Declaration of Independence

We hold these truths to be self-evident, that all men are created equal, that they are endowed by their Creator with certain unalienable Rights, that among these are Life, Liberty and the pursuit of Happiness. - That to secure these rights, Governments are instituted among Men, deriving their just powers from the consent of the governed.

Saturday, June 15, 2013

Father's Day

                I have spent many hours over the past few weeks pondering what I should write for Father’s Day.  I do not yet have any concrete ideas about what I want to share, but I will start typing and see what happens.  The thought that keeps coming to me is the fact that God, with all His power and knowledge, could have chosen any name for us to call Him, but He chose to be called Father. 

I marvel often about this fact, and I truly appreciate the video entitled “Earthly Father, Heavenly Father.”  because it illustrates so well the connection between our Father in Heaven and our earthly fathers.  An annotation accompanying this video states:  “Men on Earth have the opportunity to become fathers and experience some of the same joys that our Heavenly Father feels for us.  Fatherhood is a divine responsibility to be cherished.”

                Being in the younger half of a family of twelve children, I did not know my father as a young man.  He was thirty-eight years old when I was born and in his mid-forties before I was old enough to know much about him.  Then I knew him as the disciplinarian of the family and thought he was gruff.  In fact, I thought he was downright mean when I was a child, but as I matured I realized the difficulties of life in general as well as parenthood.  My father worked long and hard hours as a farmer, and then he also worked the graveyard shift at a Sinclair service station in town.  I now understand that he was probably exhausted most of the time and simply worn out with all his many responsibilities; then I was so self-centered that I thought my mother should get a divorce so we could move away from him.  Then I grew up.

                About 1977-1978 I wrote the following poem as a gift to my father and a similar one for my mother.  They were probably gifts for Mother’s Day and Father’s Day, but I do not remember.  Both of my parents were pleased with my efforts and shared their poems with people who came to visit them.  My poem illustrates my growing appreciation for my father and the man he became.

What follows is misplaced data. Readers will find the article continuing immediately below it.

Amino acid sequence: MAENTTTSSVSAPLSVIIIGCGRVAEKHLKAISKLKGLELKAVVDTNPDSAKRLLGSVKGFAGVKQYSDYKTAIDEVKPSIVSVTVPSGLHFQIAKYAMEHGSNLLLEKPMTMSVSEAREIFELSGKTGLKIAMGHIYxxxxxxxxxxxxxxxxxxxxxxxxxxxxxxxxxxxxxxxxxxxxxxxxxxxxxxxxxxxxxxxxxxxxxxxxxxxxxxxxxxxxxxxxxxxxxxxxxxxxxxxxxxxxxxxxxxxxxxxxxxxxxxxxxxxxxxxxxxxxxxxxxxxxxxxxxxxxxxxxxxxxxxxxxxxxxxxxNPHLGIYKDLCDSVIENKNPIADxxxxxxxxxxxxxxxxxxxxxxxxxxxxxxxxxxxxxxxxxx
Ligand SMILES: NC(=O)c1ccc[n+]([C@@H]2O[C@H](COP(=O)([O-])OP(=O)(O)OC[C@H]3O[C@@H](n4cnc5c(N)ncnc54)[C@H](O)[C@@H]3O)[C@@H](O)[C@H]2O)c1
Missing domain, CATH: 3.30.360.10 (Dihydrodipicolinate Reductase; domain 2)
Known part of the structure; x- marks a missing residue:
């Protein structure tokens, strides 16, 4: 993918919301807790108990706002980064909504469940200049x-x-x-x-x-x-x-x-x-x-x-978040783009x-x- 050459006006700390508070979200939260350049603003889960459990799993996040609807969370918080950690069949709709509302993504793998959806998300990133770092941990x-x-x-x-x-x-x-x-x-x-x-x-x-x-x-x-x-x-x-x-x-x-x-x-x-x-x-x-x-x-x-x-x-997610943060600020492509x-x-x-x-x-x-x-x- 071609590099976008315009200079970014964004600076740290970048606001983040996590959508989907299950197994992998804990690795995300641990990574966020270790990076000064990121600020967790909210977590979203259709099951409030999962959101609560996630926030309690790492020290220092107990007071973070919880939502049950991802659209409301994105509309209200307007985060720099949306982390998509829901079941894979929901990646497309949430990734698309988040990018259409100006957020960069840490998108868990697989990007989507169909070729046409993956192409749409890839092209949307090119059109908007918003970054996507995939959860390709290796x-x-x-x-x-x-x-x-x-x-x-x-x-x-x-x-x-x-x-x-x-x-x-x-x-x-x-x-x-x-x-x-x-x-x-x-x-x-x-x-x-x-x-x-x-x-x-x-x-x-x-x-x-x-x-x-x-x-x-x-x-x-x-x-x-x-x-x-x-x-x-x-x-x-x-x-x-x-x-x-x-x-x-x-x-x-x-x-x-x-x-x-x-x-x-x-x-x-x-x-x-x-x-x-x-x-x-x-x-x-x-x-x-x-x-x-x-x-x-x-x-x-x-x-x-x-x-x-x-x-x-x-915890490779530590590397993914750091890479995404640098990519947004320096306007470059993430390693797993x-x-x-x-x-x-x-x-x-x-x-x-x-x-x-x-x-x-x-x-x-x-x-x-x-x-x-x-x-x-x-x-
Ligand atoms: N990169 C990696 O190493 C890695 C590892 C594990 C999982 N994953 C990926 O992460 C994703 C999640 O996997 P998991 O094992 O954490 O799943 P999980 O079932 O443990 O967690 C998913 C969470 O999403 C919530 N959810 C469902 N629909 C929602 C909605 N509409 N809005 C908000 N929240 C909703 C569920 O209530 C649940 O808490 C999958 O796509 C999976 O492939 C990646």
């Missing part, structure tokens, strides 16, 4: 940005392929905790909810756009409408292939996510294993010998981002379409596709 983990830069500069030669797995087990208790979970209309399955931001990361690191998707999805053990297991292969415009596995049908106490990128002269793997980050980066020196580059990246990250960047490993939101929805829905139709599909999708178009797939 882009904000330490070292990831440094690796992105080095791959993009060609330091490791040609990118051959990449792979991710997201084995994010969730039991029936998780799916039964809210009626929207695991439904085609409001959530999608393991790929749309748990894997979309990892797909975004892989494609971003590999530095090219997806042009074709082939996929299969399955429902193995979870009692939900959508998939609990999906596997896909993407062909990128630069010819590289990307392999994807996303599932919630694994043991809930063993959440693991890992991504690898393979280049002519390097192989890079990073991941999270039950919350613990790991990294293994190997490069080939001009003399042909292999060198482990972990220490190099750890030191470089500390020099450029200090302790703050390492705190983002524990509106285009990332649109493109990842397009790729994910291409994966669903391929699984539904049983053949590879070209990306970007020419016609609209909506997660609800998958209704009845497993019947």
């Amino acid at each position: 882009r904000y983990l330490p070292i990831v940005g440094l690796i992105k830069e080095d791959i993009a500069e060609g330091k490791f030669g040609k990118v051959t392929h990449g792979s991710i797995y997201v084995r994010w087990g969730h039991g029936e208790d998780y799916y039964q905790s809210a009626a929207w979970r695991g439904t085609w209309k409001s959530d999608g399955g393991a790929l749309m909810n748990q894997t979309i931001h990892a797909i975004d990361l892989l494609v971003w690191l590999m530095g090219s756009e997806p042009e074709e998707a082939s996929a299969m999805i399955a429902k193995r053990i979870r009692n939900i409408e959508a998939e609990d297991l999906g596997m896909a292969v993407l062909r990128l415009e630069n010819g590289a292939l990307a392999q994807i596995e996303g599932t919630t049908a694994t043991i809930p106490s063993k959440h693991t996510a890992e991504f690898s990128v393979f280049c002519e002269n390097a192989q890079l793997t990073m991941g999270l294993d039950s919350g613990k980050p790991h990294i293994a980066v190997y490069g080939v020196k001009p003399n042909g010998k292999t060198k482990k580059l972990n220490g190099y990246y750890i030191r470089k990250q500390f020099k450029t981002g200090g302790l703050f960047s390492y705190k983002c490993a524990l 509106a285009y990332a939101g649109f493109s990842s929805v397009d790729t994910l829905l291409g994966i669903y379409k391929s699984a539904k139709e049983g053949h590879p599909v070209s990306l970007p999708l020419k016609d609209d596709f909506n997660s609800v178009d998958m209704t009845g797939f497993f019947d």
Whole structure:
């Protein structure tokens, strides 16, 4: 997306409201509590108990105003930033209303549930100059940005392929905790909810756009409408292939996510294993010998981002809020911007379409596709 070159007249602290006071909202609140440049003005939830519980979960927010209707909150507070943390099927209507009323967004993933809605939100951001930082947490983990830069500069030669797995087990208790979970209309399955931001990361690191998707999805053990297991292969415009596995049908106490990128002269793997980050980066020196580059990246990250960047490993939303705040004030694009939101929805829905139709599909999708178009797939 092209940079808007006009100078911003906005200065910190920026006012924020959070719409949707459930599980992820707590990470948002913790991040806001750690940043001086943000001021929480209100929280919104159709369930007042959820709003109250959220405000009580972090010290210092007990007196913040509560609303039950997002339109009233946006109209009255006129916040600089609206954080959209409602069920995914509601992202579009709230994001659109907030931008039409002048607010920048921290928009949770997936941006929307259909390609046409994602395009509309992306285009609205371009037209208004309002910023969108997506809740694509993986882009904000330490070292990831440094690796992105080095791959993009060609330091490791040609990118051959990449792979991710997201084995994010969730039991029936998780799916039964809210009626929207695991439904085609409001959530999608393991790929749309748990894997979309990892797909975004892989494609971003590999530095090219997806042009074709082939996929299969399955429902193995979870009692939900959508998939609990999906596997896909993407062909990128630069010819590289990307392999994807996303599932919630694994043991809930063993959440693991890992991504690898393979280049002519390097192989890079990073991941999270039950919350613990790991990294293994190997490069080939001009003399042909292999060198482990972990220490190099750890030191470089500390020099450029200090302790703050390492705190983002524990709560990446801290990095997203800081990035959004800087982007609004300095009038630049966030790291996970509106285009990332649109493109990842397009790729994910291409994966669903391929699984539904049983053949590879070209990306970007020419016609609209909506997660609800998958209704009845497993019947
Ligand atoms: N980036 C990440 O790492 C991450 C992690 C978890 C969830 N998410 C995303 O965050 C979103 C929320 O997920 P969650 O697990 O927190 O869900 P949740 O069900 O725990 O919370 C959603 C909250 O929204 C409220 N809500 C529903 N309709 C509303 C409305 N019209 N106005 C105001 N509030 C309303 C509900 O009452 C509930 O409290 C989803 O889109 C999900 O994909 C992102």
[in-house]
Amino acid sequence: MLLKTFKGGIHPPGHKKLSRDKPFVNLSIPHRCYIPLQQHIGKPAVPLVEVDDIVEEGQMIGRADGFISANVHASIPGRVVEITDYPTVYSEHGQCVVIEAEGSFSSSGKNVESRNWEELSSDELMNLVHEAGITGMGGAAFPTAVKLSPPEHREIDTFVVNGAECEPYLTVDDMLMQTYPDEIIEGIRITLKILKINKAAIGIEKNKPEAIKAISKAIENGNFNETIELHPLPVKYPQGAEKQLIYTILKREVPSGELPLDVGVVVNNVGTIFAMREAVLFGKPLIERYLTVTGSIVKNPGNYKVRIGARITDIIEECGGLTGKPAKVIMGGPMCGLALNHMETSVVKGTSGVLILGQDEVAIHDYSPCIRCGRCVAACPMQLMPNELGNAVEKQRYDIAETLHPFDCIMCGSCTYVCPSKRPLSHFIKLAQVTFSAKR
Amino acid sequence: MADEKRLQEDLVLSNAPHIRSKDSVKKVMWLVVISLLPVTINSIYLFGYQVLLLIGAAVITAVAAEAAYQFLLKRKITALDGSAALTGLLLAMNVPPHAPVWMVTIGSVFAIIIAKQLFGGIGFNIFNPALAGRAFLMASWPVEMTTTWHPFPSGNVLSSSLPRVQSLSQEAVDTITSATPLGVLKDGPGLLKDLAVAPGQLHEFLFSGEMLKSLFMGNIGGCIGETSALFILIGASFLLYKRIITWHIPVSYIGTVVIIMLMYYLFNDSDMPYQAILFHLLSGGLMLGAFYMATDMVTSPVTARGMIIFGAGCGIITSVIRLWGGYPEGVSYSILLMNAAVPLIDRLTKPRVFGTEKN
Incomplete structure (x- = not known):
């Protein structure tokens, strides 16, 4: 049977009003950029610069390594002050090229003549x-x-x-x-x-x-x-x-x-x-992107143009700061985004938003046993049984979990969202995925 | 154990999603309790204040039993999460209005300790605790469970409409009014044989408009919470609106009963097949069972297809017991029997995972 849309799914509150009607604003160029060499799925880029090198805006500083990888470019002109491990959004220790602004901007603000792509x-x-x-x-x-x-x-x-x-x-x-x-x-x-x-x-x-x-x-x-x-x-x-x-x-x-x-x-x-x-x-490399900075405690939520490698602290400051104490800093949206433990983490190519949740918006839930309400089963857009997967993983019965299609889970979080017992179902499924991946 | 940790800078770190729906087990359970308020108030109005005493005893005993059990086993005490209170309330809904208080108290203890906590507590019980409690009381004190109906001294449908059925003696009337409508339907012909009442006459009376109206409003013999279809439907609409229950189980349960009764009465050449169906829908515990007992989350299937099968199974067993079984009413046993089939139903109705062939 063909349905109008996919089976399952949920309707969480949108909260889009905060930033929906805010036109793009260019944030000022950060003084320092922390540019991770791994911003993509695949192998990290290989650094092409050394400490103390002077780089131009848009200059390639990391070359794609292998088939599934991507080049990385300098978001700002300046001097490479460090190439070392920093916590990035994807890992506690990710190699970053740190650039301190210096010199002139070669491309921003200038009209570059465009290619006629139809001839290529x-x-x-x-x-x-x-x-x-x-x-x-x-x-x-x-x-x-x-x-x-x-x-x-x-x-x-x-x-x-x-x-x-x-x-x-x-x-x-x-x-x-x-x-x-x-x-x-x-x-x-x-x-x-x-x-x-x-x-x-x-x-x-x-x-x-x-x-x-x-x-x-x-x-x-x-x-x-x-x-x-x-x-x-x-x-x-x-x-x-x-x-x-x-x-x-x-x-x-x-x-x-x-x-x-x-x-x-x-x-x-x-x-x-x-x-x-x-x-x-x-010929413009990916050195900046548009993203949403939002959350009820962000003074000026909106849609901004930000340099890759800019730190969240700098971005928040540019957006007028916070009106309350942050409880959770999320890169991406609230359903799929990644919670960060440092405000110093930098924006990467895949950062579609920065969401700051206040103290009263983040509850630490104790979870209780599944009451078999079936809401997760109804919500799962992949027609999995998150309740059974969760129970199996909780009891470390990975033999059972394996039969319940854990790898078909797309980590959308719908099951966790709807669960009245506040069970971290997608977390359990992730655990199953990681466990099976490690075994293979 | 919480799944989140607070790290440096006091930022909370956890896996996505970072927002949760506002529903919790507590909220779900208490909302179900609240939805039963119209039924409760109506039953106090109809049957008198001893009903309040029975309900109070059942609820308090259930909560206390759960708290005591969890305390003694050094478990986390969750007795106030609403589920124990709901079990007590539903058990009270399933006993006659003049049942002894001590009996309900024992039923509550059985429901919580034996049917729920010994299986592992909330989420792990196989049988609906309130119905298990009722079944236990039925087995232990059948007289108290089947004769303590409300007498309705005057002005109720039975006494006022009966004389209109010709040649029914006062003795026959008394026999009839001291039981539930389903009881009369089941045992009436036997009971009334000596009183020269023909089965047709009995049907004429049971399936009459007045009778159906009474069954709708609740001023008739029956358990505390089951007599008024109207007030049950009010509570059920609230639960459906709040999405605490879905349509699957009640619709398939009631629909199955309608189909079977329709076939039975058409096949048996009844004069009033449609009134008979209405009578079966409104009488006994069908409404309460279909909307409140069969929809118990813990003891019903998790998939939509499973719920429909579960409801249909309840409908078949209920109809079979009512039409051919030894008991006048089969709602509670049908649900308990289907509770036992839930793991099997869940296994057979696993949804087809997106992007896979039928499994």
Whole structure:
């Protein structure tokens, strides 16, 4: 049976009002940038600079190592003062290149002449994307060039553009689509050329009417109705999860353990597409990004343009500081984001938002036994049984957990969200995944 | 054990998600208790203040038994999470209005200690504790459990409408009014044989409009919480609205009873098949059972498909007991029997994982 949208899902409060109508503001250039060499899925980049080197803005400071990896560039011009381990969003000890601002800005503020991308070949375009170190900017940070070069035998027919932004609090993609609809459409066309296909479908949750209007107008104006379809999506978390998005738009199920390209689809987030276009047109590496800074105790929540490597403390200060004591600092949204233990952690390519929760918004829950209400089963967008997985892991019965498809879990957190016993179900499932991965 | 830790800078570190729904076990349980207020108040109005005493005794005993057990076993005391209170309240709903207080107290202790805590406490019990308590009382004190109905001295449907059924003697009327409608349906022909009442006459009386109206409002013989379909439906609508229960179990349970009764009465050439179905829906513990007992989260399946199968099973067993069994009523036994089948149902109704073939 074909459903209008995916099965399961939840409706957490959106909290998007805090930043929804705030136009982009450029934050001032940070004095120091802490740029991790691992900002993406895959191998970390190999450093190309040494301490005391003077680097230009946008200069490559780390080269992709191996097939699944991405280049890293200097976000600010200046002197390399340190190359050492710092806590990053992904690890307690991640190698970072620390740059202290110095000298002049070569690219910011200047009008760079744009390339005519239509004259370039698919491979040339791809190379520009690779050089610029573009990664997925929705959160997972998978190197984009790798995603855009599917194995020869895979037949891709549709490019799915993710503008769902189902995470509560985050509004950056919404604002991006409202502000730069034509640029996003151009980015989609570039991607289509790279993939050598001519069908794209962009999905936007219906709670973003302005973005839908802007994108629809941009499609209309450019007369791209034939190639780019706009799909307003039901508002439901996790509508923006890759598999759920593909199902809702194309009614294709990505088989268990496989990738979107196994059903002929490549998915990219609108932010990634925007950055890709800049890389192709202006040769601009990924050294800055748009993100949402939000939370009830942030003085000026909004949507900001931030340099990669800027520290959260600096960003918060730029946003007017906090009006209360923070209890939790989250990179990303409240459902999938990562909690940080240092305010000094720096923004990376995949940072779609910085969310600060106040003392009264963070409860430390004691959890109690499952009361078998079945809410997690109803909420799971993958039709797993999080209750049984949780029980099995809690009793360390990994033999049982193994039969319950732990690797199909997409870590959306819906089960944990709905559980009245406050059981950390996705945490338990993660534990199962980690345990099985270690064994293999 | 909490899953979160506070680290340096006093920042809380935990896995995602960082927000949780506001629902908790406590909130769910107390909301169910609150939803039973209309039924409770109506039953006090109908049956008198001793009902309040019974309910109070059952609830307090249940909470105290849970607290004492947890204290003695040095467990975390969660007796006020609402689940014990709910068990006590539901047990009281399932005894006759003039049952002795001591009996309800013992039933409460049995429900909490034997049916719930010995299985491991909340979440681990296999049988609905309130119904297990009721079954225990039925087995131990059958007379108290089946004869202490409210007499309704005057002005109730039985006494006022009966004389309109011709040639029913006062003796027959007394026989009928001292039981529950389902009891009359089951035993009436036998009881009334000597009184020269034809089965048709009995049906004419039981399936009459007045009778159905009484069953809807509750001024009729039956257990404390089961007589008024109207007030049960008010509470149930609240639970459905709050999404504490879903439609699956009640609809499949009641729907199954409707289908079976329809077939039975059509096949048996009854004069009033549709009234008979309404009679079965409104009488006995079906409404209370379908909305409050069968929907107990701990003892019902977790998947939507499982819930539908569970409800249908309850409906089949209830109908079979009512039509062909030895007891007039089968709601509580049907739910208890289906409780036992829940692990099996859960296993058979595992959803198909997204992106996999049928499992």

I used to think he was old and mean,
                But as I grew up, I became more keen.
                Hard work and lectures and spankings too
                Were what I needed to be good and true.

                He set the example, working hard all day.
                He always told us, “Work before play.”
                This is a lesson I’m glad I learned.
                Now I can teach it in return.

                He tilled the soil and planted the seed,
                “If we don’t sow, we cannot reap.”
                Life on the farm was hard and long,
                But twelve little children grew up strong.

                Although he was busy, he worked for the Lord.
                He held many positions in our ward.
                Genealogy and weekly temple work
                Are some of the duties he does not shirk.

                He sets good examples for our family.
                And he always counsels, “Be better than me.”
                With a father like mine, it’s easy to see
                Just how much my Heavenly Father loves me.

                I had a spiritul experience that taught me so much about how my earthly father was a mortal example of my Heavenly Father.  My mother died suddenly of a heart attack at age 70, and my father thought he would soon follow her.  He decided to distribute Mom’s earthly belongings and as much of their joint property as he could, particularly the family heirlooms.  He kept only his personal belongings and the furniture he needed to be comfortable.  He told us – his twelve children – to each make a list of the things we wanted.  We spent the afternoon going through the house and making our lists.  That evening Dad gathered us all together and divided his goods.  We received whatever was on our lists unless someone else wanted a particular item.  In such a case – such as with the family heirlooms - Dad decided who received the item, and we each accepted his decision.

                I spent a couple of weeks with my family in Utah before returning to my home in Alaska.  My first Sunday back home, I went to sacrament meeting and sat down near the back of the room.  I was doing okay until we sang the closing hymn, “Sweet Hour of Prayer” (Words attributed to William W. Walford with music by William B. Bradbury).  I started to sing this hymn, but I lost my composure near the beginning of it.  The words of this hymn reminded me too much of my recent experience with my earthly father.

Sweet hour of prayer!  Sweet hour of prayer! 
That calls me from a world of care
And bids me at my Father’s throne
Make all my wants and wishes known.

                I became so emotional at this point that I could no longer sing!  In my mind I saw myself kneeling at Heavenly Father’s throne to make my requests – just as I had recently sat near my earthly father and waited for his decision.  I knew in that moment that Heavenly Father listens to me when I come to him with my wants and needs just as my dad had done.  The video “Earthly Father, Heavenly Father” shows how earthly fathers act in similar ways to our Heavenly Father, and my experience with divinity taught me how much my Heavenly Father loves me. 

                We honor our earthly fathers at least once each year on Father’s Day.  Heavenly Father commands us to remember Him always and has designated the Sabbath Day as the day we give honor to Him.  Every Sunday is Heavenly Father’s Day!

No comments:

Post a Comment